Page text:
The U.S. Metros Hit Hardest by Rising Eviction Rates

New study estimates 2.7 million renters faced eviction last year. 

Demonstrators protest evictions in San Francisco in 2015. (AP Photo/Eric Risberg)

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Matthew Desmond’s 2016 book Evicted shone a spotlight on the burden and trauma evictions place on poor families — and on the lack of data about evictions nationwide. There’s currently no national database on evictions, though the U.S. Census plans to start tracking them in 2017. A new study by real estate website Redfin, however, estimates that 2.7 million renters faced eviction in the U.S. last year, and that those numbers will continue to rise as long as housing prices do.

Not surprisingly, neighborhoods with the highest median rent-to-income ratios had much higher eviction rates than neighborhoods where residents were able to spend less of their income in rent. Over half of all U.S. renters spent at least 30 percent of their income on rent in 2015, due in part to an insufficient supply of affordable housing coupled with stagnant or falling household incomes, and between 2011 and 2014, the median rent-to-household income ration grew more than 2 percent in most metro areas.

By analyzing more than six million eviction records across 19 states where data was available, Redfin found that the 15 metros with the biggest increases in portion of income spent on rent also experienced an increase in the number of evicted families. Those metros — which were topped by Allentown, Pennsylvania; Jacksonville, Florida; Los Angeles; and Newark, New Jersey — experienced an average increase in the rent-to-income ratio of 5.8 percent between 2011 and 2014, and an increase in the number of evicted families of 3.8 percent in 2014. The other 56 metro areas experienced an average decline in evictions of 1.4 percent.

The proportion of residents who are cost-burdened was not the only predictor of eviction rates, however. The report notes that the ratio is fairly low in Las Vegas, but one of every 12 rental households there are evicted each year.

“Evictions are a silent threat to America’s cities,” said Redfin chief economist Nela Richardson in a statement. “As alarming as Redfin’s finding on evictions is, it likely undercounts the true number of families forced out of their homes each year since many evictions happen outside the court system.”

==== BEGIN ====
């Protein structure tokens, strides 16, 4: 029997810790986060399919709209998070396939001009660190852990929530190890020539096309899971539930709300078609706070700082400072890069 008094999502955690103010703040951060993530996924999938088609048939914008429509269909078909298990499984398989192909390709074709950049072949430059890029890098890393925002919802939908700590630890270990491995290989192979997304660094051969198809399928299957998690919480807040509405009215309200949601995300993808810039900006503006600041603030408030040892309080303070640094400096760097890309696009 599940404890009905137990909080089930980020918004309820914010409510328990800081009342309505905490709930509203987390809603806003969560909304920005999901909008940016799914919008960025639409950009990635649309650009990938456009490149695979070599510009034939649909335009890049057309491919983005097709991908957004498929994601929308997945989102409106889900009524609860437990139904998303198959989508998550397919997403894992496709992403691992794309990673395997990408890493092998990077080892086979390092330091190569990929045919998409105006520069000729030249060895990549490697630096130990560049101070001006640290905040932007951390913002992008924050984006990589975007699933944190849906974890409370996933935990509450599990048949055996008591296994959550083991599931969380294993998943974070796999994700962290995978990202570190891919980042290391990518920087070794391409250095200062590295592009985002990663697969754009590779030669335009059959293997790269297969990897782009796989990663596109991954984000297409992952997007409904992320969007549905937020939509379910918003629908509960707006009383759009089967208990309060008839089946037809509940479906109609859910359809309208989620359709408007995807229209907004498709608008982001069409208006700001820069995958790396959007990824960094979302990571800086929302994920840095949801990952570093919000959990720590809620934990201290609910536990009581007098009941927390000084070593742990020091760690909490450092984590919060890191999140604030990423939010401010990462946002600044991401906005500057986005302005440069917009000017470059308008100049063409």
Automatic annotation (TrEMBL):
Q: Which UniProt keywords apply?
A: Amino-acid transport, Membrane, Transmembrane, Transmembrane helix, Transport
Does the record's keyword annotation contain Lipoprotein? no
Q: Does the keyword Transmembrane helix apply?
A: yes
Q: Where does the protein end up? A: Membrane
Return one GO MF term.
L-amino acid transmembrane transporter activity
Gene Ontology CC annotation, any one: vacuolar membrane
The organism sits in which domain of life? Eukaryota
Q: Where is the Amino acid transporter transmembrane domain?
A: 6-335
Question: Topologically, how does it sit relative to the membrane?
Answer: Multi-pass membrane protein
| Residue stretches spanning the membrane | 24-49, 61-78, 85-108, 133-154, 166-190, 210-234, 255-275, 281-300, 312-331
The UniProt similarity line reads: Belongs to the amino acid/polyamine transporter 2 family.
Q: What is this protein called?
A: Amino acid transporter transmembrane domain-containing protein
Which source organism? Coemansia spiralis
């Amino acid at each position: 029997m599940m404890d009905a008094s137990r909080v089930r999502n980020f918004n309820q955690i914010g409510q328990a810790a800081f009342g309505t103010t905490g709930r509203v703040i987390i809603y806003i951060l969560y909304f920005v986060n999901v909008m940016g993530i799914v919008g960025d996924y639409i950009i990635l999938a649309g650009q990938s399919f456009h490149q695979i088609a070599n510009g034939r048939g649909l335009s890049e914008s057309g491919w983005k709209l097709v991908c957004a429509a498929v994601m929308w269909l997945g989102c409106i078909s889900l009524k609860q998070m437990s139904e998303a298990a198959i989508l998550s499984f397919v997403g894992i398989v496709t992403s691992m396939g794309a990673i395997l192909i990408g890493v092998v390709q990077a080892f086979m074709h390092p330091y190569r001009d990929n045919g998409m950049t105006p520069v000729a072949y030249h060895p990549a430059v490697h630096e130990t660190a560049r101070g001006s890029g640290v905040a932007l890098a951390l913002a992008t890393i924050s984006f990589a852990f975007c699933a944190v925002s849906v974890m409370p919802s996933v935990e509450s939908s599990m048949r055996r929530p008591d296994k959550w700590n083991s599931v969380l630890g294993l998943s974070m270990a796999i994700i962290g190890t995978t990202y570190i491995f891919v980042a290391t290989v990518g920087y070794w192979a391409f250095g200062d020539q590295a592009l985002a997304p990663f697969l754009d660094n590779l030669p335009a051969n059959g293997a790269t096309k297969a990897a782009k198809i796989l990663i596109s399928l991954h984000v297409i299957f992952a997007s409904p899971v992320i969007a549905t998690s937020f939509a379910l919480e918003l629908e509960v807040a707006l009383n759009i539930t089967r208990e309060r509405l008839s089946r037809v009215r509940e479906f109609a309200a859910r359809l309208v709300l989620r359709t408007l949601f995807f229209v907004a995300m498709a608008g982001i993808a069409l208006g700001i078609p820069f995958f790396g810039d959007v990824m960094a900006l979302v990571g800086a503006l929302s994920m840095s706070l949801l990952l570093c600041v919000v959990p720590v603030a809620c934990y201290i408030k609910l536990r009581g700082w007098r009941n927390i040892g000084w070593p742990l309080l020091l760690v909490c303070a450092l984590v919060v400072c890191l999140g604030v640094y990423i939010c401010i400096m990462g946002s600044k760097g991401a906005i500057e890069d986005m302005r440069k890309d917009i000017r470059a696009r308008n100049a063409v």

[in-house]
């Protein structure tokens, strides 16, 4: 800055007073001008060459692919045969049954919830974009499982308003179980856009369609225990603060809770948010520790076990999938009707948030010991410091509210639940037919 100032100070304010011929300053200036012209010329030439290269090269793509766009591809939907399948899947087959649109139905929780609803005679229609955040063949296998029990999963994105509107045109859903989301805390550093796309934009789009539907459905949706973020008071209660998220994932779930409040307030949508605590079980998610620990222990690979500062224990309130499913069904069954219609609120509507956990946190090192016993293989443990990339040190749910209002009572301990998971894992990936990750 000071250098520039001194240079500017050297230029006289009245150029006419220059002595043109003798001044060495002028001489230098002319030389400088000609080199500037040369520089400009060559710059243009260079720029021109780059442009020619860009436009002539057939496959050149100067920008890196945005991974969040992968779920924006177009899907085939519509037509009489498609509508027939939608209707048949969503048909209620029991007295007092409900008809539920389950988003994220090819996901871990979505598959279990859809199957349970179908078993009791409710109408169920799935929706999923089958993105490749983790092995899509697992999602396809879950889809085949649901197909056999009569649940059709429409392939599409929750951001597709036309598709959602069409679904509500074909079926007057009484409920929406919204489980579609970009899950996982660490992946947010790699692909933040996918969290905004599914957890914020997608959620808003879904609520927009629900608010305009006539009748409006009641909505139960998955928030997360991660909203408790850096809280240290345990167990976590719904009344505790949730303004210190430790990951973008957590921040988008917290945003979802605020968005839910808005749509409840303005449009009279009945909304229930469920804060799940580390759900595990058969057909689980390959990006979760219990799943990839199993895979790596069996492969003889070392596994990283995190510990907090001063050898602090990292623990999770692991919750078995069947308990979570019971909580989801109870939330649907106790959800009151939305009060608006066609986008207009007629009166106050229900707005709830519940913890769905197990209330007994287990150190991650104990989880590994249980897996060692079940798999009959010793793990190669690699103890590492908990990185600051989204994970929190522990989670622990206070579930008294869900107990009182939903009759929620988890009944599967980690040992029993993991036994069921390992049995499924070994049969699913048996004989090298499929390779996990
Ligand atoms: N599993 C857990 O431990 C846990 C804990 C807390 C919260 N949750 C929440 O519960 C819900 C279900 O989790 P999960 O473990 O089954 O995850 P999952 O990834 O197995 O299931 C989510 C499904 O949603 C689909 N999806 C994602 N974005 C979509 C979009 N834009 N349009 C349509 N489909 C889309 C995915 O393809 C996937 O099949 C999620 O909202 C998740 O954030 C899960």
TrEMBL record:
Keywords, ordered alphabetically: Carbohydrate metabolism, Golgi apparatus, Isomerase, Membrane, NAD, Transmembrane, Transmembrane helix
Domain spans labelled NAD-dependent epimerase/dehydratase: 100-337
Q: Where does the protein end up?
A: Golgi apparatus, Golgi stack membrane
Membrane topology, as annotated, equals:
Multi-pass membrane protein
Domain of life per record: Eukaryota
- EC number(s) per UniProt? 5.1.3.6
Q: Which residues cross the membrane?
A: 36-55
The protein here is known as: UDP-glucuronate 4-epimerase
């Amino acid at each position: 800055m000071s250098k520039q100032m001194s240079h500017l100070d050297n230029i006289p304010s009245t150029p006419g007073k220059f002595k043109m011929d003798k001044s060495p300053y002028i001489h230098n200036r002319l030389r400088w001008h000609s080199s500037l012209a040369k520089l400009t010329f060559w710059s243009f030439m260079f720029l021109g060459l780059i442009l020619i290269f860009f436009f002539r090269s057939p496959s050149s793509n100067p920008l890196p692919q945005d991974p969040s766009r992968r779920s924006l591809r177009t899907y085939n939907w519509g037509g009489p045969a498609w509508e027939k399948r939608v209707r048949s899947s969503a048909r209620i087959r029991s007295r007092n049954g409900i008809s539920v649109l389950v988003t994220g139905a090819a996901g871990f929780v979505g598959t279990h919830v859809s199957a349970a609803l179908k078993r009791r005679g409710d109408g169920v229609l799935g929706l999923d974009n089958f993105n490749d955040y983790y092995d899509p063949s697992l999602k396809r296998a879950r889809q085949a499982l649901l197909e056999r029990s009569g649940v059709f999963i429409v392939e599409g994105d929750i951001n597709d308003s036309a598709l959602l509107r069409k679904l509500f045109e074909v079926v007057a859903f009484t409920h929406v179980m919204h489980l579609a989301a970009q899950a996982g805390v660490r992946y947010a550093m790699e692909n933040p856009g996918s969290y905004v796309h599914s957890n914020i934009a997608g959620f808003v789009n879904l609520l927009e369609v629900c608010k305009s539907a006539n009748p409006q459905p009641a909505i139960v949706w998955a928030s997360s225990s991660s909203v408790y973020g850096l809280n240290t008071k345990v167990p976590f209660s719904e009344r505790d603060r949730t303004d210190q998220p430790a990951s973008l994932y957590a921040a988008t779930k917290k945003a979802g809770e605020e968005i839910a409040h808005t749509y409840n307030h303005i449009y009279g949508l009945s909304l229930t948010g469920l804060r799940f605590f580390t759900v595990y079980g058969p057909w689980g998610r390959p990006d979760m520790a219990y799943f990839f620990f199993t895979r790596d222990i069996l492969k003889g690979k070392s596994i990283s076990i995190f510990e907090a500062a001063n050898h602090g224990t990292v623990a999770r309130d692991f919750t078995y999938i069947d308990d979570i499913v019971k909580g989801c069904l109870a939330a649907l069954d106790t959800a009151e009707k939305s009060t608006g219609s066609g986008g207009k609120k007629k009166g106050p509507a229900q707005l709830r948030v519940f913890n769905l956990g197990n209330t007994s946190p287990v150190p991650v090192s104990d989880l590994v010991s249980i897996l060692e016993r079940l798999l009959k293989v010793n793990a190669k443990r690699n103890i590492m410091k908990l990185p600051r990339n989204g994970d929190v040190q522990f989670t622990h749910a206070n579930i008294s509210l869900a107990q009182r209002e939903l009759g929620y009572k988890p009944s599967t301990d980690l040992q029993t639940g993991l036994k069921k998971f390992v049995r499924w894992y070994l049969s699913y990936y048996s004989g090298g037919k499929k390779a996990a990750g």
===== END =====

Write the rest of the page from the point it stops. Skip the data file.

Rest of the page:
Drawing on data from the American Community Survey, the study also found that evictions are most common in areas with higher numbers of foreign-born residents. The top 10 percent of neighborhoods by eviction rate had rates of foreign-born residents higher than 11 percent. The neighborhoods at the bottom 10 percent of evictions had foreign-born populations of less than 8 percent. In Northern Virginia, the Washington Post has reported on landlords targeting renters based on immigration status by requiring Social Security Numbers.

The study also points to some local interventions. New York Mayor Bill de Blasio has expanded spending on legal services for low-income tenants facing eviction. Three years ago, according to the city, only one in 100 tenants in housing court had legal representation. This year, more than one in four did. As a result, evictions have declined by 24 percent since 2013. D.C. is now looking to replicate the program.

Redfin also suggests that in denser coastal cities, more housing supply is necessary to stem the affordability crisis and hence the eviction crisis. In Rust Belt cities, where there is ample housing supply and lower housing costs but stagnant wage growth, Redfin suggests an expansion of the Section 8 voucher program. Currently, only about a quarter of eligible renters receive any assistance.

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Jen Kinney is a freelance writer and documentary photographer. Her work has also appeared in Philadelphia Magazine, High Country News online, and the Anchorage Press. She is currently a student of radio production at the Salt Institute of Documentary Studies. See her work at

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Tags: affordable housingincome inequality

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